As many of my colleagues are describing today, NRDC and a host of partner groups in the environmental, conservation, and public health community have created a document, called "Transition to Green," which lays out a detailed set of policies that we hope President-Elect Obama will implement. Along with a bunch of other water wonks, I worked on the sections of the document that focus on the Environmental Protection Agency's and Army Corps of Engineers' water portfolios.
Pulling together clean water policy recommendations for a new administration was a daunting experience. Our ideas were too numerous, both because President Bush has presided over the most anti-environmental administration since the adoption of our landmark environmental laws in the 1970s, and because the Nation needs to implement many new initiatives to fulfill the original purpose of the Clean Water Act and to ensure safe and sufficient water for a variety of purposes. There's much to fix, and much to create.
This is no "wish list" -- it is not nearly everything that could be done to repair the damage of the last eight years or everything that should be done to prepare for the years to come. Rather, it represents a determined effort to identify a cohesive set of policies that the new administration should prioritize to demonstrate a real commitment to clean water.
In particular, many of our recommendations reflected a single basic premise: natural aquatic systems should be preserved and enhanced because they are remarkably effective at preventing and mitigating water pollution and flooding, and because they provide important services like wildlife habitat and groundwater recharge. Natural solutions also have an obvious cost advantage - if the ecosystem will clean and store our water for free, we can reduce our need to rely on engineered distribution and treatment systems. So, our document encourages an integrated set of policies:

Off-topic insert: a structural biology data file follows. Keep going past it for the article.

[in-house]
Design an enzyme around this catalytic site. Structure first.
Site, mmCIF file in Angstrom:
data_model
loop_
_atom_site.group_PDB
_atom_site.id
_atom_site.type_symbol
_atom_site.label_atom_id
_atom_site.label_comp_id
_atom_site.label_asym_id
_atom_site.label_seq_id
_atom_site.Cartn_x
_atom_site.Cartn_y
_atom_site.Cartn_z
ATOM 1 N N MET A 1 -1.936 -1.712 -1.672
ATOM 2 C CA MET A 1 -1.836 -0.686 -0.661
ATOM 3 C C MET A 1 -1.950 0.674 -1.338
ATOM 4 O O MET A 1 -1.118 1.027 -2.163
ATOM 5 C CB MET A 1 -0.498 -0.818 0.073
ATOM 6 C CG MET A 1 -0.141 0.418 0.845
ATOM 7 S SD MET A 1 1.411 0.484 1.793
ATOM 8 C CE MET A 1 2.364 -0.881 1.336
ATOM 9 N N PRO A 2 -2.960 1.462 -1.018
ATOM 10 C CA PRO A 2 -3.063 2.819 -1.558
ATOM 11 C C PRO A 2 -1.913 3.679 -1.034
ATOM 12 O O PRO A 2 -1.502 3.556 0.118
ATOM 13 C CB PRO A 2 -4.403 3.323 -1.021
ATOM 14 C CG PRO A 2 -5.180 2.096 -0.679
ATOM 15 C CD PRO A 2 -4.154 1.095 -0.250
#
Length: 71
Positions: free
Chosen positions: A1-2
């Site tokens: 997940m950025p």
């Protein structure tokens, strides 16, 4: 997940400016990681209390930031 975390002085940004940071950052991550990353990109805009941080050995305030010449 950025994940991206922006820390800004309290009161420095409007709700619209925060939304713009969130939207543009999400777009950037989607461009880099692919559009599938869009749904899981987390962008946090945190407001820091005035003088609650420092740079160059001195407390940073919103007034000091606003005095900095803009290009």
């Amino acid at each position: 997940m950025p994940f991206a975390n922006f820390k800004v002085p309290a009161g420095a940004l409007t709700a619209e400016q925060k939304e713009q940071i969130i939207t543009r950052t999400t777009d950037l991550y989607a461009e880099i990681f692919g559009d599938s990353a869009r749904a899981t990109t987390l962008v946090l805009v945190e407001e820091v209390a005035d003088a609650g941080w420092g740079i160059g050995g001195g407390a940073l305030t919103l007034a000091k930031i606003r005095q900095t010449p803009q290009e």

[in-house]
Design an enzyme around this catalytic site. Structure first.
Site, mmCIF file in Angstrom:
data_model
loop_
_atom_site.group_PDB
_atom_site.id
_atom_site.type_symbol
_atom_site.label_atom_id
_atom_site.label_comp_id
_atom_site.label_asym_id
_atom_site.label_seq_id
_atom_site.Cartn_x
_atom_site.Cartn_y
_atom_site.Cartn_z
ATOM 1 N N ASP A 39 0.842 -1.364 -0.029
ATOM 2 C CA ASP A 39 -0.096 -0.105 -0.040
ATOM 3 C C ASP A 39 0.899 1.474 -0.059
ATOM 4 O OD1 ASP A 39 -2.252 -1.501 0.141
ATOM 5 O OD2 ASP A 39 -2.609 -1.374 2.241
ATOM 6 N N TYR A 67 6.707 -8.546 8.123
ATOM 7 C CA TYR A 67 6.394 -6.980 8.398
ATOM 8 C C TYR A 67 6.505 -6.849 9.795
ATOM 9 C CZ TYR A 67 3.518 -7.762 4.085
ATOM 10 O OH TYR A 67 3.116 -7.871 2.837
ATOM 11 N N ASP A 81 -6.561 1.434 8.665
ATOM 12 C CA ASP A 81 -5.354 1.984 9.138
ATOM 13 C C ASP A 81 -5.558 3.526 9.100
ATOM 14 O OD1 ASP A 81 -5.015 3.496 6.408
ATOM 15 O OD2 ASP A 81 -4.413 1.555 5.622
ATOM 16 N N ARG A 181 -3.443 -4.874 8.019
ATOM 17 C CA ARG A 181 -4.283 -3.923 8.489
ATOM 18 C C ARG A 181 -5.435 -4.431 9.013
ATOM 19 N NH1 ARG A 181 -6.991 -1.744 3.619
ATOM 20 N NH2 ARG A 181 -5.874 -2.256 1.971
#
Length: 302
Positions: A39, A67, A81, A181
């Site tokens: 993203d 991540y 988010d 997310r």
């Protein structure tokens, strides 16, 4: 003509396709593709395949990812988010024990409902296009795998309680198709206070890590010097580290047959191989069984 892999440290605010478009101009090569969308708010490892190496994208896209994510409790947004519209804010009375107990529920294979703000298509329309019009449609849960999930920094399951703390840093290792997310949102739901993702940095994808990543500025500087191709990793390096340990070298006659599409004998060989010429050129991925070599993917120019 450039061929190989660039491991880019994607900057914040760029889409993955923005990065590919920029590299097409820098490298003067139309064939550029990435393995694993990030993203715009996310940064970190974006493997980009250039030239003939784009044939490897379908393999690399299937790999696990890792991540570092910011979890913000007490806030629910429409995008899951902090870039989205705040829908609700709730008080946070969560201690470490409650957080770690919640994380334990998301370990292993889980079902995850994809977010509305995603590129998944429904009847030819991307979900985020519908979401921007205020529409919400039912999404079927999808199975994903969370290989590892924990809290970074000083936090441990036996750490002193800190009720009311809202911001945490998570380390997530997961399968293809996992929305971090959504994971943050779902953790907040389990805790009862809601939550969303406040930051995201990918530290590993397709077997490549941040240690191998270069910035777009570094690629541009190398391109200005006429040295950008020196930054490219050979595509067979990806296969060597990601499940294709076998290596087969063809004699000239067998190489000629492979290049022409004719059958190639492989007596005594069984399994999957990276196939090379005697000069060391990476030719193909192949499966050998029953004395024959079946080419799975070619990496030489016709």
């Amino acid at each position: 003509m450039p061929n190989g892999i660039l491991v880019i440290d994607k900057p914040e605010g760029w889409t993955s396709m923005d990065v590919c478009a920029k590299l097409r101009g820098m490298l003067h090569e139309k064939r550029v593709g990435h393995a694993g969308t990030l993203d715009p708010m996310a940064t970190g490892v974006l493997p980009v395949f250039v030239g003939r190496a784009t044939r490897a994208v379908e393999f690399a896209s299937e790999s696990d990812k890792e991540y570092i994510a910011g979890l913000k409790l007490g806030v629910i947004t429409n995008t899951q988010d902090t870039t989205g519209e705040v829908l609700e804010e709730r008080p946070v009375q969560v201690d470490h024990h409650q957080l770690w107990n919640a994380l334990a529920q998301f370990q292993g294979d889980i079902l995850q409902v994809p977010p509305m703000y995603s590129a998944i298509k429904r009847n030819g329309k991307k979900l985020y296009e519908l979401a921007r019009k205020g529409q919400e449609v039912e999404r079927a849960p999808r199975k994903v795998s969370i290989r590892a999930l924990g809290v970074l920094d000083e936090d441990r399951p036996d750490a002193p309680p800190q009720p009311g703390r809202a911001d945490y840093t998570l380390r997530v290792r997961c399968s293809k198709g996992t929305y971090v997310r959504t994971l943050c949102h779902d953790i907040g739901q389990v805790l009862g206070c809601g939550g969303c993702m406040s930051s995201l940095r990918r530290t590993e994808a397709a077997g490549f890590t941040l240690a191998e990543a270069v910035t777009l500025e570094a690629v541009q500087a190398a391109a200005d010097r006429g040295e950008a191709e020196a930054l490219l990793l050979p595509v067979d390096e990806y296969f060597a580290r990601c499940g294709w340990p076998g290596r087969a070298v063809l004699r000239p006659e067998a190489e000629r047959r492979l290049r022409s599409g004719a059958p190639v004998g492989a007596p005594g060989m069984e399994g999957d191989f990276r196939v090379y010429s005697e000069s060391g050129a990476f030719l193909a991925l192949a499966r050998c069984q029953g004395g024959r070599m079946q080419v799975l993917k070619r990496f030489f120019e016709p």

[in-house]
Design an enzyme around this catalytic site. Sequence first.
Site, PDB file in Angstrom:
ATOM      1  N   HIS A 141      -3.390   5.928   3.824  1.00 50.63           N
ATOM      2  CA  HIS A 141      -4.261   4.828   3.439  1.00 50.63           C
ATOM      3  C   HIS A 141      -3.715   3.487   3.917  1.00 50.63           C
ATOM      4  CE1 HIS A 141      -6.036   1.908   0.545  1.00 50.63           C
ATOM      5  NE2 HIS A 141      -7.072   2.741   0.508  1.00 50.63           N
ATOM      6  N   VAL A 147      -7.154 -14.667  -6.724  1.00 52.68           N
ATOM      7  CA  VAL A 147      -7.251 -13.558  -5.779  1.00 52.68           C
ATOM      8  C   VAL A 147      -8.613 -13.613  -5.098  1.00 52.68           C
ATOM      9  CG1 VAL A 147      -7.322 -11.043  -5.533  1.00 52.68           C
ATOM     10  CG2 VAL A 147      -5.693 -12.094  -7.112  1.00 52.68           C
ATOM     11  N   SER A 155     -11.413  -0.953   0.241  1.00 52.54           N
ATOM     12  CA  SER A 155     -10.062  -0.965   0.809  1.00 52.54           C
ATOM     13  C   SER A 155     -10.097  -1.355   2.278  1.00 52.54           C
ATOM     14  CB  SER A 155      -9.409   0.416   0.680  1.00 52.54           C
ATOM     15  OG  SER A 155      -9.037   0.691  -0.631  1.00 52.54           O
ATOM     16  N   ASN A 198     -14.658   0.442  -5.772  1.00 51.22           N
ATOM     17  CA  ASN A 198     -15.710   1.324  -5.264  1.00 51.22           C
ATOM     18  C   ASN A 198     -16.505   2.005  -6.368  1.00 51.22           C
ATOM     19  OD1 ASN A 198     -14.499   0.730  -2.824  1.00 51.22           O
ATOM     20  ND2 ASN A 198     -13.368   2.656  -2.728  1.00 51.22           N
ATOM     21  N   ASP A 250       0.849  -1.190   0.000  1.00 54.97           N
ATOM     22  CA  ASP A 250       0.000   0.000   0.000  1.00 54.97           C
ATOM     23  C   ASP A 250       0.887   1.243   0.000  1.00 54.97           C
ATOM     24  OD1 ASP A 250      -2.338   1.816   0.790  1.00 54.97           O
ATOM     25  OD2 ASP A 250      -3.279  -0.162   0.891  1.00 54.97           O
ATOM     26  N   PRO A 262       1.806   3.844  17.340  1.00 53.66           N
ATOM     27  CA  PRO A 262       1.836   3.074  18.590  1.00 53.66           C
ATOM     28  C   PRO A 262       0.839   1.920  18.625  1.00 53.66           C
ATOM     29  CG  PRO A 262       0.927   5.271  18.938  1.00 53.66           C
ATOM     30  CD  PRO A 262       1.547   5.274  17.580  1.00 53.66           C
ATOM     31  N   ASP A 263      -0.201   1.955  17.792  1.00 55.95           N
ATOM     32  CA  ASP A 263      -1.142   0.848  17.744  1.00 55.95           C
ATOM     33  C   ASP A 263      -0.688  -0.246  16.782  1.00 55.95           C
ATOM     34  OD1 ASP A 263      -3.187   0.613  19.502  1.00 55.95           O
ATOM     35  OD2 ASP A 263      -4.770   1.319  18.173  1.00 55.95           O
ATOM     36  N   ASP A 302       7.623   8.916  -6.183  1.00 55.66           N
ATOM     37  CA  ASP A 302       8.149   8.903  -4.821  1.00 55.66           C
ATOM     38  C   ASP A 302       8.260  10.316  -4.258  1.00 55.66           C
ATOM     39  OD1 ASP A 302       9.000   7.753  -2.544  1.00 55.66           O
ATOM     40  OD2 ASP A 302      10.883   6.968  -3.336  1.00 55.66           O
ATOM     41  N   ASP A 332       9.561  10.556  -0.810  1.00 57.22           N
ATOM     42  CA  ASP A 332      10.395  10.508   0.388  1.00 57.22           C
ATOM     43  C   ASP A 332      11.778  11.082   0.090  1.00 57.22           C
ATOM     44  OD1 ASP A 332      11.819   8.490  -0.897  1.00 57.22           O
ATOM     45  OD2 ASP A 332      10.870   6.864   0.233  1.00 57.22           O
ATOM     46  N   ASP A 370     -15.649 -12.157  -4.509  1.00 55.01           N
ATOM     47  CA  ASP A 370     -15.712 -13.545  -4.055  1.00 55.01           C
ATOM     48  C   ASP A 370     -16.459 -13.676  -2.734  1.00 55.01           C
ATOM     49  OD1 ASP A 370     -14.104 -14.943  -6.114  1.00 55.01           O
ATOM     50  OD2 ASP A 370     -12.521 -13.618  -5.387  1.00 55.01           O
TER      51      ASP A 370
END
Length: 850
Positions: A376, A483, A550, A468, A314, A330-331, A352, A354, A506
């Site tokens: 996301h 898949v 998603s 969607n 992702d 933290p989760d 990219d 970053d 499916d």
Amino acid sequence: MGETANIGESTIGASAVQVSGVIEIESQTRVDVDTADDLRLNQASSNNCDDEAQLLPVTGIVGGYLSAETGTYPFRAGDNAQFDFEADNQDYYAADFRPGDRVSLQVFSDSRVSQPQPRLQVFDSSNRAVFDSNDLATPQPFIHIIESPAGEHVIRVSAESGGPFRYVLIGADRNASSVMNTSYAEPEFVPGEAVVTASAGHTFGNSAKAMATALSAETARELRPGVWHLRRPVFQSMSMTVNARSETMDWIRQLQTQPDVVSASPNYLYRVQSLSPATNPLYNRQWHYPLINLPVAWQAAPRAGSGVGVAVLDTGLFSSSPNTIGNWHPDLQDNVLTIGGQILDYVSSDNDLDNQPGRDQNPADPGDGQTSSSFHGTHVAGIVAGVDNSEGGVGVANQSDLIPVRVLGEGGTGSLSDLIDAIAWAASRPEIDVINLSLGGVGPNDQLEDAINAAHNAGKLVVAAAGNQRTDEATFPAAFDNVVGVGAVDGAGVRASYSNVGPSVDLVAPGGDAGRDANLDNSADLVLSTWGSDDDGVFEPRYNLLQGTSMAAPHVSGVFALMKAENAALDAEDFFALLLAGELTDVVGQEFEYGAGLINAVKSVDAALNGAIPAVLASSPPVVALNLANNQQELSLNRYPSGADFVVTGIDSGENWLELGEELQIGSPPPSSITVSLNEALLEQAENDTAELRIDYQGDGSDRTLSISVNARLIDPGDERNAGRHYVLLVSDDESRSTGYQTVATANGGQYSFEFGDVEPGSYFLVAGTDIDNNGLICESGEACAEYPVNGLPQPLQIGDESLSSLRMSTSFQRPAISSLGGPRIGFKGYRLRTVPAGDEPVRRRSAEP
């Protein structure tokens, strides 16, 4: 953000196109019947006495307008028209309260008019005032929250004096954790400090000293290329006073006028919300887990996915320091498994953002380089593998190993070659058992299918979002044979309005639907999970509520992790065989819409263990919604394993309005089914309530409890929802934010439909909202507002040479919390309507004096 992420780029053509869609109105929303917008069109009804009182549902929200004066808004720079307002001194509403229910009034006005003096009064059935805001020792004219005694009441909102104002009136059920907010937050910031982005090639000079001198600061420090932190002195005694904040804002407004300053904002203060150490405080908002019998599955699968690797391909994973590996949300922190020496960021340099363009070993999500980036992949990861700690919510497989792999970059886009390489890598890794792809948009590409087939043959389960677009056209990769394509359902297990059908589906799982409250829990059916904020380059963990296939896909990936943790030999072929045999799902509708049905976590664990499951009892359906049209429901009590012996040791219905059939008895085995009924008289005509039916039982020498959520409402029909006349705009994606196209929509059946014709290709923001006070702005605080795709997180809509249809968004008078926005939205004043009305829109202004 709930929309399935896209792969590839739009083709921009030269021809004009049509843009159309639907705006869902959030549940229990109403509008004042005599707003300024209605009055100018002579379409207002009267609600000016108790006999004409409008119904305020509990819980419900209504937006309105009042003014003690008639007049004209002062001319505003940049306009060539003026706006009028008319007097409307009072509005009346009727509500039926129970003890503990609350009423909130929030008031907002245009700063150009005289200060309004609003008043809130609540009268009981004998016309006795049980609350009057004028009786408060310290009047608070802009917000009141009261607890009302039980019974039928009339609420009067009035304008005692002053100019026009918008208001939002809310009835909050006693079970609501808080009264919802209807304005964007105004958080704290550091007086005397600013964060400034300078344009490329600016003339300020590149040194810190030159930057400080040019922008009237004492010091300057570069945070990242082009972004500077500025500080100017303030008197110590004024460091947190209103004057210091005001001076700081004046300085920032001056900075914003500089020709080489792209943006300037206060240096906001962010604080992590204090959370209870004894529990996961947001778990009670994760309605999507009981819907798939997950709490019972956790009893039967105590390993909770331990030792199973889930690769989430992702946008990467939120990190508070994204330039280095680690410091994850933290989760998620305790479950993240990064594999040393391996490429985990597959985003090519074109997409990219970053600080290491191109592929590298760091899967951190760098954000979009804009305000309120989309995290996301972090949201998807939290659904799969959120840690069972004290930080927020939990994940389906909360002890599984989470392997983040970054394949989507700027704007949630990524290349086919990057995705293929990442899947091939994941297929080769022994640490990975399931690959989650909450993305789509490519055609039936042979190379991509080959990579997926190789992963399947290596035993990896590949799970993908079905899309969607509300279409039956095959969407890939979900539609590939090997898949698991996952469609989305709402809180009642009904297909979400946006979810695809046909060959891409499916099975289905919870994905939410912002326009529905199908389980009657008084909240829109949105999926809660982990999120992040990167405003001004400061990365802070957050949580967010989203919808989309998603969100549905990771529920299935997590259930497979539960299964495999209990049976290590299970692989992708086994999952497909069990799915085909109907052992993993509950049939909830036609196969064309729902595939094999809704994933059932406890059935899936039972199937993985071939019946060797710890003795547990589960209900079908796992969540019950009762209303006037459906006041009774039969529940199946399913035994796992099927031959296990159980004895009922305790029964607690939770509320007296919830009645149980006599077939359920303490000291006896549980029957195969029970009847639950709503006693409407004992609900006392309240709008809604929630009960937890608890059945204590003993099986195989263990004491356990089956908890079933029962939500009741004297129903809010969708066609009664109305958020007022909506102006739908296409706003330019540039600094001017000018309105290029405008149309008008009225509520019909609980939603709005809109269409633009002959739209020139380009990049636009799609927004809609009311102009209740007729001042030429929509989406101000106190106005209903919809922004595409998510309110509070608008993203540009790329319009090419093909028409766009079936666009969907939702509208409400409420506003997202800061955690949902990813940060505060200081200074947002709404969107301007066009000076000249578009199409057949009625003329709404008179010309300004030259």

The administration must first guard against the further loss of headwater streams, wetlands and other waters that comprise and are an integral part of our aquatic systems. It is also necessary to enhance the use of green infrastructure - such as infiltrating stormwater through vegetation and soil to reduce both the pollution carried by runoff and sewer overflows in many urban areas. Additionally, the administration must work to restore natural aquatic ecosystems, like our coastal and other wetland systems, that protect people, wildlife and our economic interests.
In keeping with these principles, we urge both EPA and the Corps to work to restore Clean Water Act protections to a variety of water bodies by pushing for legislation to clarify the law in the wake of a pair of messy Supreme Court decisions and unhelpful Bush administration "guidance," a critical problem I have addressed in prior posts. We also recommend that the agencies undo their destructive 2002 rule change that authorized the disposal of certain kinds of waste - such as the waste generated by the surreal practice of mountaintop removal coal mining - in water bodies. And we identify a number of opportunities that EPA has to integrate green infrastructure into its Clean Water Act programs and plead that the new administration will insist that the Corps makes avoiding - not authorizing -- harm to water bodies its primary clean water mission.
While there are many additional important recommendations, each of which I encourage you to read and hope the President-Elect's transition team will take to heart, we're going to be a lot better off if the new administration recognizes the values Mother Nature provides free of charge, and makes maximizing natural systems the central promise of its clean water policy.